• Instagram - White Circle
  • Facebook - White Circle
  • LinkedIn - White Circle

brooke@bewtraining.com

 (914) 861-5753

 manhattan, ny

**BEW Consulting & Training LLC is a professional development consultancy service and does not provide psychological services. BEW's scope of services do not include: psychotherapy, psychological assessment, diagnosis or treatment plans**

© 2019 BEW Consulting & Training LLC

Evaluate Your Performance, Not Yourself

December 19, 2018

 

As 2018 winds down and the holiday season is upon us, performance reviews and comp meetings are in our midst. This can be a time filled with mixed emotions- excitement over the potential for growth, but also stress about whether or not these meetings will go well. What can you do to regain a sense of control, when it feels like your work trajectory is completely in the hands of the higher ups?

 

1) Evaluate Your Performance, Not Yourself

You are not your work, you are not your work performance, and you are not your raise. In other words, your self-worth is not directly tied to a performance review. Many of us have the tendency to tie our identity very closely with our successes and failures at work. However, according to Dr. Albert Ellis’ Rational Emotive Behavior Therapy (REBT), evaluating our value and worth in this way can actually be quite detrimental. As we discussed in previous blogs ("I Failed, But I'm Not a Failure"), equating our value as a person with our work performance leads to self-sabotaging behaviors. Think about it this way: if you receive critiques during your performance review and think, “I’m a complete failure because I didn’t receive a perfect review,” you’re going to feel bummed out, potentially disregard the positive aspects of the review, and underestimate your ability to improve because you believe that you’re a failure. But just because you received negative feedback, does that mean you’re a complete and utter failure as a person? Not at all! First off, it means that you’re human, because as humans we all mess up at times. Second, yes there may have been times at work when you didn’t perform up to your boss’s standard, which isn’t great, but that’s something that can be fixed. Just because your performance wasn’t perfect 100% of the time, doesn’t mean that you’re a failure.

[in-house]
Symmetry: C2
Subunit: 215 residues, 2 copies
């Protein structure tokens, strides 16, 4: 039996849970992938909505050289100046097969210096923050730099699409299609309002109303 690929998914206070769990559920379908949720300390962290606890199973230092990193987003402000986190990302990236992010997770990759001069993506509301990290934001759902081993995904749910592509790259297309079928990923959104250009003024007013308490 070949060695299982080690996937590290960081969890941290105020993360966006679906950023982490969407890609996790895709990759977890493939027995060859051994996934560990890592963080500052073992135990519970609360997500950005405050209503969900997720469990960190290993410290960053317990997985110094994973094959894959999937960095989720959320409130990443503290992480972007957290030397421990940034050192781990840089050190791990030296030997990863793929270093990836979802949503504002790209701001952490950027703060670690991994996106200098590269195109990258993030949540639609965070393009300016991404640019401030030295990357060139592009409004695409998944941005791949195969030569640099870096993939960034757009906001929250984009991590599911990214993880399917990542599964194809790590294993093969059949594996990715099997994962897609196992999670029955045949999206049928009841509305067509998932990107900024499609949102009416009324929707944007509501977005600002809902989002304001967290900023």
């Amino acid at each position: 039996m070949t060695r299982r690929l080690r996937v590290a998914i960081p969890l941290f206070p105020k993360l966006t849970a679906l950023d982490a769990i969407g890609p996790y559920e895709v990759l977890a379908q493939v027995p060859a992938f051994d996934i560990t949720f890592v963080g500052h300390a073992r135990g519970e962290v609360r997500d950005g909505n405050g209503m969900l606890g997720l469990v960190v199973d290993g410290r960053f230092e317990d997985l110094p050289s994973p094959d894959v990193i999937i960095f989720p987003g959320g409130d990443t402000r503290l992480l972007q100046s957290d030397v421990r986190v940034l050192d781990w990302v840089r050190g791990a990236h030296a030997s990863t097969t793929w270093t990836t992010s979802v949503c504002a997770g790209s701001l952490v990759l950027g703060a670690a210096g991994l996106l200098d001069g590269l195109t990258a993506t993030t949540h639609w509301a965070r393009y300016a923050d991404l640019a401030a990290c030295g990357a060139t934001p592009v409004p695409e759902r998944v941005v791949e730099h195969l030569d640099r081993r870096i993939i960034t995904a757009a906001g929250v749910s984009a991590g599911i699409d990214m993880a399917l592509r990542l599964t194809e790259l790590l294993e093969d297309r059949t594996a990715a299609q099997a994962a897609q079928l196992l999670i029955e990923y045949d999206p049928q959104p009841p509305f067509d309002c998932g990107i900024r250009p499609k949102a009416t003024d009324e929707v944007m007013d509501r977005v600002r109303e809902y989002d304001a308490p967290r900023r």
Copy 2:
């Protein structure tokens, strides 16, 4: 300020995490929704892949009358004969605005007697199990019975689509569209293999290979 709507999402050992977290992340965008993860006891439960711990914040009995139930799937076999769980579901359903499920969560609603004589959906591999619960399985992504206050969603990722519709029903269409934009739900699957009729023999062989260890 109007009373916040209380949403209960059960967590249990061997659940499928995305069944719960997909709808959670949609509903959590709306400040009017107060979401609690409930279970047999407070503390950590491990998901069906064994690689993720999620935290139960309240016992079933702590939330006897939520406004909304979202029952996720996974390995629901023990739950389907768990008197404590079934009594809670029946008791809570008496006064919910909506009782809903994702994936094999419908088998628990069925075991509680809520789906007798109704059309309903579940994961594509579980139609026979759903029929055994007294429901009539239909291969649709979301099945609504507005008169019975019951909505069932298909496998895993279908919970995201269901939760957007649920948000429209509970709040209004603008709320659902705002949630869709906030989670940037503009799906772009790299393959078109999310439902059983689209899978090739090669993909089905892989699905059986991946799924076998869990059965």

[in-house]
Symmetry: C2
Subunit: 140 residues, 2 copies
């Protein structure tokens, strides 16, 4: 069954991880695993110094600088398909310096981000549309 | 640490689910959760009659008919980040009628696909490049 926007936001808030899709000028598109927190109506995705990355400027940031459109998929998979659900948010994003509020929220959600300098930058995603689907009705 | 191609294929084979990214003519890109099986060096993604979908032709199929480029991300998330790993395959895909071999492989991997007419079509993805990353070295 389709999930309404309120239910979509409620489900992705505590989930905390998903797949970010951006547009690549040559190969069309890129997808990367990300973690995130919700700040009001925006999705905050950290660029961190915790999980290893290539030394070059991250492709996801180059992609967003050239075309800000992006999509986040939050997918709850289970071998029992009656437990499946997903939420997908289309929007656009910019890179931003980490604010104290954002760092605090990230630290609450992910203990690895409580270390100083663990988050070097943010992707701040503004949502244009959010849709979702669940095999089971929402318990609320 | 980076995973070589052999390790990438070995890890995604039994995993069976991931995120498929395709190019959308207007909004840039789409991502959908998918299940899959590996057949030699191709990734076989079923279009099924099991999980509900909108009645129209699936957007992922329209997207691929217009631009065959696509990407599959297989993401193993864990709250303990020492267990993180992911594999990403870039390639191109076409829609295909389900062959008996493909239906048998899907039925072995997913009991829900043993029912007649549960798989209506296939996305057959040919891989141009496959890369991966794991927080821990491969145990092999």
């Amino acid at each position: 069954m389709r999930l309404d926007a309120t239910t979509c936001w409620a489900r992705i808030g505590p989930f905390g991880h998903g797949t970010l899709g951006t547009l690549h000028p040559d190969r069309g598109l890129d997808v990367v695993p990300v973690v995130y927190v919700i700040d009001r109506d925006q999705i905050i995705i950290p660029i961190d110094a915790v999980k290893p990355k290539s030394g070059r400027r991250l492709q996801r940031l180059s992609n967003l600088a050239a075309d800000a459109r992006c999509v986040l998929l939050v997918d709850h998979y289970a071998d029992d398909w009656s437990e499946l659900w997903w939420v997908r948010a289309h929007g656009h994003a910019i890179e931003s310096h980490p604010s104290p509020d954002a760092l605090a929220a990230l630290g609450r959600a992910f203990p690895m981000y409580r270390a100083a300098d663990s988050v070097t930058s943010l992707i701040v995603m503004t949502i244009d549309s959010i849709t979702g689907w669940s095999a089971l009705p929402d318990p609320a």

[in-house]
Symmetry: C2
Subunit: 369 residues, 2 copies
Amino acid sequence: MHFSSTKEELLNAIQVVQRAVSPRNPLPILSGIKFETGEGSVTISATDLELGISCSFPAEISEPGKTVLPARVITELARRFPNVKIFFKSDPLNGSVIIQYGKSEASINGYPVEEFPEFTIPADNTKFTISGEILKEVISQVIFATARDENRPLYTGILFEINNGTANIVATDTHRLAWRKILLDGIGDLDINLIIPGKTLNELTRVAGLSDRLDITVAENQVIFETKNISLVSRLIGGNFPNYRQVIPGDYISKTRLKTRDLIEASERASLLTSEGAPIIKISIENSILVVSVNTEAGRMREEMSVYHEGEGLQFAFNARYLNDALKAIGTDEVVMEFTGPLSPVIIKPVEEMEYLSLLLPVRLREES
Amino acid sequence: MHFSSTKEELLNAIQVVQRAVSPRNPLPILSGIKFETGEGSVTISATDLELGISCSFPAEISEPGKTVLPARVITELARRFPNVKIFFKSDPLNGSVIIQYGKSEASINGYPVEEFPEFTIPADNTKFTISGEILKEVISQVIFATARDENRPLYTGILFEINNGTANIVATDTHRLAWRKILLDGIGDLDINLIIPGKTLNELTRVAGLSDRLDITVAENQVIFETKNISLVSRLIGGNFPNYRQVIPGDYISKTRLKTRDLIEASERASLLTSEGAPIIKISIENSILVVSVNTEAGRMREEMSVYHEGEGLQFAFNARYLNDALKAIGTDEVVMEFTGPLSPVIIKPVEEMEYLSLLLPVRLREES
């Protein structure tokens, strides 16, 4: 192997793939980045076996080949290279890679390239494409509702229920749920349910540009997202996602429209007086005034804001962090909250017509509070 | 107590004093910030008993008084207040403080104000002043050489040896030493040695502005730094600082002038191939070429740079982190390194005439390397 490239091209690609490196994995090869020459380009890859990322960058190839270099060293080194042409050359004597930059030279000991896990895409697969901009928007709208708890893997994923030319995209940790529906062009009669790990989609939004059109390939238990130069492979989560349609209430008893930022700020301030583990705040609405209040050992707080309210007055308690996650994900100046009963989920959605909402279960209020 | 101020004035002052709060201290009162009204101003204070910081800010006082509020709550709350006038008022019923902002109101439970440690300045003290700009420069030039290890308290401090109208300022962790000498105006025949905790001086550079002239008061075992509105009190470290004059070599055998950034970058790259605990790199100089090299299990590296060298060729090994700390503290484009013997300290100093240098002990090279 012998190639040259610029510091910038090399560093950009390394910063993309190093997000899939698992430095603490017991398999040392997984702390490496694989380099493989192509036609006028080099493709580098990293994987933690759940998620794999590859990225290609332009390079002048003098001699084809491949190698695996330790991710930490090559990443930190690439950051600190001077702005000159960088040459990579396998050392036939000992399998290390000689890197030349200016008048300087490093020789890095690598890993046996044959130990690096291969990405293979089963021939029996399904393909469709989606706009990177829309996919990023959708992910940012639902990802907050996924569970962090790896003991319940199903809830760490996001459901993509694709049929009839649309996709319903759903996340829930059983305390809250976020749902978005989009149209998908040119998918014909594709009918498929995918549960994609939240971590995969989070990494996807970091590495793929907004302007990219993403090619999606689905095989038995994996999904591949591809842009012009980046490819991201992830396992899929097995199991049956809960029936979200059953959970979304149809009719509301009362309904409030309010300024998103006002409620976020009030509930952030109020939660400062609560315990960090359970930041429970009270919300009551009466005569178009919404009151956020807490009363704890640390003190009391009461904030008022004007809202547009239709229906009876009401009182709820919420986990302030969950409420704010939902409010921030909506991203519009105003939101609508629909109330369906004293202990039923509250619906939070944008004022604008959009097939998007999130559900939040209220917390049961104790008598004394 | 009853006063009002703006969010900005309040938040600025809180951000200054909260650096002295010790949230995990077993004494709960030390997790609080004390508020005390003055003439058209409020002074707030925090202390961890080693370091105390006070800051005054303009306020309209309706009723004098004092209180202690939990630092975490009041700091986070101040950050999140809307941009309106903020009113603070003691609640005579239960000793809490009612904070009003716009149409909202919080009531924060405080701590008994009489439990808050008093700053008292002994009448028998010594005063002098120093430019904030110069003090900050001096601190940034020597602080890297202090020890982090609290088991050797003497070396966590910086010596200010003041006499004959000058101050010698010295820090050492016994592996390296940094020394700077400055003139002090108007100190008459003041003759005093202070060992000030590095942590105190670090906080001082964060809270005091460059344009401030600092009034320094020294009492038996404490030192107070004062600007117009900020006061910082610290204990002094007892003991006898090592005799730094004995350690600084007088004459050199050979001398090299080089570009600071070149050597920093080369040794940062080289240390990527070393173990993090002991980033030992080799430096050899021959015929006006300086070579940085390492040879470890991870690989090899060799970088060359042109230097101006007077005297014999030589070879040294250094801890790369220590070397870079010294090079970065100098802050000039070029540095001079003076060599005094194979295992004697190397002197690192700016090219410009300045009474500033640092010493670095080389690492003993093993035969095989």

2) Say Goodbye to Shoulds

One of the most challenging parts of a performance review is being reminded of all of the things you could have done differently, but you didn’t. Maybe it would have been better to spend more time on business development, or maybe you WISH that you had said yes to taking on more challenging projects. However, it’s important to recognize that no amount of demanding that things should be different is going to change the present situation. This demanding is only going to make you more upset and frustrated, because the situation isn’t going to change. Sometimes when we hear negative feedback, we may tune out whatever else the person has to say because we’re upset! As a result, we may miss out on learning how we can improve, and we may also miss out on the positive feedback. While the current situation can't be changed, you do have control over what you want to do moving forward.

 

3) Use Past Performance to Plan for the Future

Career success comes from progress and development. However, the path to progress and development isn’t always clear. The more upset we get about negative feedback, the less time we spend thinking about how to act on the feedback that we’ve been given. Rather than living in the past, use this new insight to carve out your future. Instead of waiting for your 2019 review to see how you did implementing your boss’s feedback, use this time to make sure that you’re fully understanding what is expected of you. We suggest starting a dialogue with your boss and developing an action plan. This may include: (1) creating a plan for remediation of skills, (2) defining tasks or behaviors to work on mastering, (3) designing a system for monitoring progress, and (4) seeking out resources to help you. You may still feel bummed out if the review didn’t go as planned (and you have every right to!), but you don’t have to let those emotions get in the way of your progress.

 

Career growth doesn’t come without it’s growing pains, but receiving a mediocre review or negative feedback still isn’t easy. While no amount of work can 100% guarantee the performance review you’d like, that doesn’t mean that you don’t have any control in the situation. By leveraging your mindset and being proactive with your problem solving, you can start positioning yourself now for improvements and growth in 2019.

 

Follow us on social media (@bewtraining), and sign-up for e-mail updates through BEW's website (bewtraining.com), to stay in the know on all things BEW.

 

Share on Facebook
Share on Twitter
Please reload

Recent Posts

November 7, 2018

Please reload

Archive
Please reload

Search By Tags
Please reload